Outdoor Water Use – Fall Checkup

October 29, 2014

Fall is here! And it’s a great time to conduct an outdoor water use checkup, which could help you save water and money. Here are some tips to help you get started:


As temperatures begin to drop, you’ll need to water your landscaping less frequently. Make sure you water thoroughly and deeply at each watering. This way, roots are encouraged to grow deep into the soil where they’ll be better protected during the cold winter months. The 1-2-3 rule is an easy way to remember how deep to water:

  • 1 foot – Ground-cover plants, cactuses and annuals
  • 2 feet – Shrubs
  • 3 feet – Trees

Use a soil probe to determine how deep the water has penetrated the soil. Also, be sure to place your emitters along a plant’s drip line, which is beneath the outer edge of the plant’s canopy. Do not place them close to the trunk or stem. The water will spread horizontally as it soaks into the soil, reaching the entire root zone.

Pool Leaks

Pool water evaporation is normal; however, an abnormal drop in water level may indicate a leak. An autofill (automatic pool leveler) can mask a leak as it will automatically replace water lost and thereby prevent a visible drop in your pool’s water level.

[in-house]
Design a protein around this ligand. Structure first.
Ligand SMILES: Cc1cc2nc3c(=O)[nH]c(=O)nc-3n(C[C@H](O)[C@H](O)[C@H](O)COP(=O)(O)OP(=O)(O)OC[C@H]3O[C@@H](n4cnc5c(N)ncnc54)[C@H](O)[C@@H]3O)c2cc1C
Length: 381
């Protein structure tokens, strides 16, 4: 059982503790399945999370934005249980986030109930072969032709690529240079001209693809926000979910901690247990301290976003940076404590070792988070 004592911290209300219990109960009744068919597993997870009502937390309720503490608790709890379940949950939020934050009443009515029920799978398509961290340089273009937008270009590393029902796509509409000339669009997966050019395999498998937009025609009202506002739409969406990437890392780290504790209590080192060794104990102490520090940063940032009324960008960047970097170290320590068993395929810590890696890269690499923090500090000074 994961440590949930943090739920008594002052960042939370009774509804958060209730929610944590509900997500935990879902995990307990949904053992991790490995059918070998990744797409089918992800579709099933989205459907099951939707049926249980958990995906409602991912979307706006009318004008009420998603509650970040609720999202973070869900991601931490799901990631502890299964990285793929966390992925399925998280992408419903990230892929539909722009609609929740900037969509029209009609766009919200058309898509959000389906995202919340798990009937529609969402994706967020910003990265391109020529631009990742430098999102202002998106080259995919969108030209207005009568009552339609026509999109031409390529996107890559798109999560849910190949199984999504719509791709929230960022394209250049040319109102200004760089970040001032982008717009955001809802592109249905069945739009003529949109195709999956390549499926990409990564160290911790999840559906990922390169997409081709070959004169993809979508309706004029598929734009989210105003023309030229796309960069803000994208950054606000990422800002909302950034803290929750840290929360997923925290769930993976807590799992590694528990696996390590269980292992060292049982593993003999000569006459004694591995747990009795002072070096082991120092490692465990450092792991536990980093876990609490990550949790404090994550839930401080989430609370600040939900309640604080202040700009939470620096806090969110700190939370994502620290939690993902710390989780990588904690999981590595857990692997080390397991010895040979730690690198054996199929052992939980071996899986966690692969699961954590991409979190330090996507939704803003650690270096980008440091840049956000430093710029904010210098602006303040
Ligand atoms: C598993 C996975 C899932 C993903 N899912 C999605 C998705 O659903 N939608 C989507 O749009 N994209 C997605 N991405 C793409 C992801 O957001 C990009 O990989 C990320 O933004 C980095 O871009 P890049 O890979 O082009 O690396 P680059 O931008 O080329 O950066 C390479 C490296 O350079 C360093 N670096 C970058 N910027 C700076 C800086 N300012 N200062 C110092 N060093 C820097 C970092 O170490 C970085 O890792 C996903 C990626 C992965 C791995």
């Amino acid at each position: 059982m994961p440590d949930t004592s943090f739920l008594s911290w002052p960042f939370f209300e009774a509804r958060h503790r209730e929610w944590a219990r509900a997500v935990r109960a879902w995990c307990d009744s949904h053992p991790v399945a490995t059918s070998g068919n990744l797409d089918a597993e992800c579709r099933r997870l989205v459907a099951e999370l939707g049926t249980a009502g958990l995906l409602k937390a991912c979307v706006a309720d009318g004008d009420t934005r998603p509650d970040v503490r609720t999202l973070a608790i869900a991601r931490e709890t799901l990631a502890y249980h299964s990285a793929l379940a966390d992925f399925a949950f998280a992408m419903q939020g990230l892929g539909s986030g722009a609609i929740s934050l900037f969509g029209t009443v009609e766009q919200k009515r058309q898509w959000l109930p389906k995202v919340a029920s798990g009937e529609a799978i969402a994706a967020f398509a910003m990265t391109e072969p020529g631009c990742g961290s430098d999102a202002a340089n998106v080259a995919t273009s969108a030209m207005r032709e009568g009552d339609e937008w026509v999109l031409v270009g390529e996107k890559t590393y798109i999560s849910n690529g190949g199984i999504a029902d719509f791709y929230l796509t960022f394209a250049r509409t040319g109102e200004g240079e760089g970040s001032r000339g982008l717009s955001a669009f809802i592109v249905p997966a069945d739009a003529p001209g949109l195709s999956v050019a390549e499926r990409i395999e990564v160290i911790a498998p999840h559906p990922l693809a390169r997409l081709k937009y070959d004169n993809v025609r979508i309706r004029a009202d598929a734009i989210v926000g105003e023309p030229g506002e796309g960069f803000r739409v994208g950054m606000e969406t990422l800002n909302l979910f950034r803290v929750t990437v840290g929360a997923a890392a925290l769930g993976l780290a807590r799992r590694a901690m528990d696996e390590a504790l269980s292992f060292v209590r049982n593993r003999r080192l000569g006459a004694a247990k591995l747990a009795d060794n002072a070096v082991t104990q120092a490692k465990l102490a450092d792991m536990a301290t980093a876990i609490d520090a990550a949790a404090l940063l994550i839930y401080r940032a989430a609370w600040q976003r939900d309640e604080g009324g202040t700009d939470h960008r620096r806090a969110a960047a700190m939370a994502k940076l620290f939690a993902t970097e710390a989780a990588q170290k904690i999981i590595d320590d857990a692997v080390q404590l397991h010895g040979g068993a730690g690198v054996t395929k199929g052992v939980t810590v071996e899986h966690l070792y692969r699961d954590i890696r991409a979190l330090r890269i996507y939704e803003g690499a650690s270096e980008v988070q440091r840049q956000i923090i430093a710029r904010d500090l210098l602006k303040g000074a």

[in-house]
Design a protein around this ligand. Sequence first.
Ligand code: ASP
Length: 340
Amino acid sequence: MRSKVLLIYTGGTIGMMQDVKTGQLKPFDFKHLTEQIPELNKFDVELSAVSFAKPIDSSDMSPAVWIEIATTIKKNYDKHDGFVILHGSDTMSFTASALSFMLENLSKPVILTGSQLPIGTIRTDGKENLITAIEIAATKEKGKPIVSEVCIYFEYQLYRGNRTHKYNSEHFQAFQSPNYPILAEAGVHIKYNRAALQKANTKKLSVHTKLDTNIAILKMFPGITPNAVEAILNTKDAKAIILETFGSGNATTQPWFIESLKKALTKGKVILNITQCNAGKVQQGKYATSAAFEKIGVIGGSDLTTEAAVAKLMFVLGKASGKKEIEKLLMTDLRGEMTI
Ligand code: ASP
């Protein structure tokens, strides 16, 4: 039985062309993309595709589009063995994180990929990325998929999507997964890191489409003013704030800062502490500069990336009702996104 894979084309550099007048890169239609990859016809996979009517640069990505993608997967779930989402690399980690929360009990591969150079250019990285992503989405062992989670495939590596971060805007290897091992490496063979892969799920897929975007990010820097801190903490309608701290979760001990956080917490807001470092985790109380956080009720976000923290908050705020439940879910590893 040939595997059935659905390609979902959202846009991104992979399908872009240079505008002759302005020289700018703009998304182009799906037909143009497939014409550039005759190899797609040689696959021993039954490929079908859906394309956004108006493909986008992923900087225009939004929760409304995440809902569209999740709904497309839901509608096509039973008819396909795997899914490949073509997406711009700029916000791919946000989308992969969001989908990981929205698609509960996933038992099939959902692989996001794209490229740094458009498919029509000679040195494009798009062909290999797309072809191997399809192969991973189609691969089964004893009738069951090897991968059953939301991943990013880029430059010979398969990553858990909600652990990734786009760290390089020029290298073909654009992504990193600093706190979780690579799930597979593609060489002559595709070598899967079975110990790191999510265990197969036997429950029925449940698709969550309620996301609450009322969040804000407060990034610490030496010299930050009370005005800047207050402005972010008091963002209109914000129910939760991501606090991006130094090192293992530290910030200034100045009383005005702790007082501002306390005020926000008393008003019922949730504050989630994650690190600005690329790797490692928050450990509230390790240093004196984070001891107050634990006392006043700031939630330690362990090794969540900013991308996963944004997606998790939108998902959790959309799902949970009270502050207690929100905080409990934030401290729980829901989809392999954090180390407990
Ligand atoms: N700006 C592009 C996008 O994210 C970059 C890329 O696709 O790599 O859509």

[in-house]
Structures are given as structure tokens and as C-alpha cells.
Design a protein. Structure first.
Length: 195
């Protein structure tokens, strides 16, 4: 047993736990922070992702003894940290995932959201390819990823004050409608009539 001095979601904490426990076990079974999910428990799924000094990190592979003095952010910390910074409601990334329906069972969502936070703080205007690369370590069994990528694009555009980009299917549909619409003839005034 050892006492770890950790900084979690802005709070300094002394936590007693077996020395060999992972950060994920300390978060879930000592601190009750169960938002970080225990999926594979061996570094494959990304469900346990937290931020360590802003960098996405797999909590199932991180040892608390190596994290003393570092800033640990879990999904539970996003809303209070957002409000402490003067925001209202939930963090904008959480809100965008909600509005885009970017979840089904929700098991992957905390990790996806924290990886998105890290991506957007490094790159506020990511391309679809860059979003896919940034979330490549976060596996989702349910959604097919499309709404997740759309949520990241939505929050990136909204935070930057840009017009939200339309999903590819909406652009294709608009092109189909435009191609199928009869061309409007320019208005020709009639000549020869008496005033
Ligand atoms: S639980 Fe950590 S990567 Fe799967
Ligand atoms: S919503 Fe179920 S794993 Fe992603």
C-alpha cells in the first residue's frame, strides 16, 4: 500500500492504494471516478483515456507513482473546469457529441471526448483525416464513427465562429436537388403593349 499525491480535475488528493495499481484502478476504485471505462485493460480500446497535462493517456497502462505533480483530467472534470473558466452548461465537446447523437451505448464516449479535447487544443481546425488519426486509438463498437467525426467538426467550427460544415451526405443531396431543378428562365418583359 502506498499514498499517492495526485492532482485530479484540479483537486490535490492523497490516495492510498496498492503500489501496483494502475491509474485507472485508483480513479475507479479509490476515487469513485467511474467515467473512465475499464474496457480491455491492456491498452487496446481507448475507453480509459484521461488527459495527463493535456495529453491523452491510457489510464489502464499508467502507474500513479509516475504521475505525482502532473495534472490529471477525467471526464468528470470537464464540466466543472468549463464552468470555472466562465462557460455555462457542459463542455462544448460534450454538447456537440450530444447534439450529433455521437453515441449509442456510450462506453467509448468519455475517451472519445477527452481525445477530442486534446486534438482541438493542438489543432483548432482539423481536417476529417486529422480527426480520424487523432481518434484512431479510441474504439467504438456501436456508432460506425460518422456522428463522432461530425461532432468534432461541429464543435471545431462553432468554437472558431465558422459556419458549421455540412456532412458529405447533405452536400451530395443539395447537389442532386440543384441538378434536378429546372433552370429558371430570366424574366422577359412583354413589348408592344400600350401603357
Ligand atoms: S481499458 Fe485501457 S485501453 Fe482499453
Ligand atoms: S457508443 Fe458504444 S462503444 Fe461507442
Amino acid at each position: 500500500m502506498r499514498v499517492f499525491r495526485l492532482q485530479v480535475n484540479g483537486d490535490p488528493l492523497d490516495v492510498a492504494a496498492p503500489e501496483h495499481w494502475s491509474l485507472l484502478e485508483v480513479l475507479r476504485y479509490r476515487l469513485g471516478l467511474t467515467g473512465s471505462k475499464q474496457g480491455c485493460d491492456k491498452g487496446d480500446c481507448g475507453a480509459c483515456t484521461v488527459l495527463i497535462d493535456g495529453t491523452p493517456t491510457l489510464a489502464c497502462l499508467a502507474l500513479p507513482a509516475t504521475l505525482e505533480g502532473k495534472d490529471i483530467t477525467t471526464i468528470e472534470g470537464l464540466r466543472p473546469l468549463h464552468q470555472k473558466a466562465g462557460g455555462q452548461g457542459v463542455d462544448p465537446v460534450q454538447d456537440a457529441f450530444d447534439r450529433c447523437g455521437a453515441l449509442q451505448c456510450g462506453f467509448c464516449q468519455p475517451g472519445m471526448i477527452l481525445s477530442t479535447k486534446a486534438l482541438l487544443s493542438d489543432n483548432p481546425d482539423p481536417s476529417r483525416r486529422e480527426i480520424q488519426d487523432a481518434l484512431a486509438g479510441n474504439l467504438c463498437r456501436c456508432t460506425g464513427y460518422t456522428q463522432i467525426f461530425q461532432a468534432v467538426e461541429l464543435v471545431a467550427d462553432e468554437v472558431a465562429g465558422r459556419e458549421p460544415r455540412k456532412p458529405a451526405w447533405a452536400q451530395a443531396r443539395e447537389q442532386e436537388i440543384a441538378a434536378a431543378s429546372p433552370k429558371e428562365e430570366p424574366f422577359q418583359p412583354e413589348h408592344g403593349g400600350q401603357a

• The autofill leveler should keep the pool water at the middle of the skimmer box opening. If the water level is too high, excess water can escape through gaps under the decking at the top of the pool or through the autofill crock (container in which the autofill sits).
  • Check the autofill leveler to see if it can stop the water flow. If your autofill is allowing water to flow through it, gently lift its float to see if the flow stops.
  • Check the float. If set too high, it will cause a higher-than-desired pool water level.
  • Walk from the pool equipment to the pool, then to the water supply line (if you have an autofill) and around the pool. Visually inspect equipment for wet spots, small holes or depressions in the soil, as these might indicate an underground water leak.
  • Conduct the bucket test.


  • Look for signs of overwatering, such as leaves turning lighter shades of green or yellow, young shoots wilting or algae or fungi growth.
  • Once a month, turn on each irrigation station or zone and look for leaks and water waste.
  • Adjust sprinkler heads so they do not spray on sidewalks, driveways, walls or buildings.
  • Mow regularly to prevent grass from obstructing sprinklers.
  • Look for water spray or seepage from the top or bottom of sprinkler heads, as this is an indication of a broken sprinkler head or riser in need of repair.
  • Check for water in the valve box, as this may indicate a leaky valve in need of repair.

For additional water-saving tips, visit wateruseitwisely.com.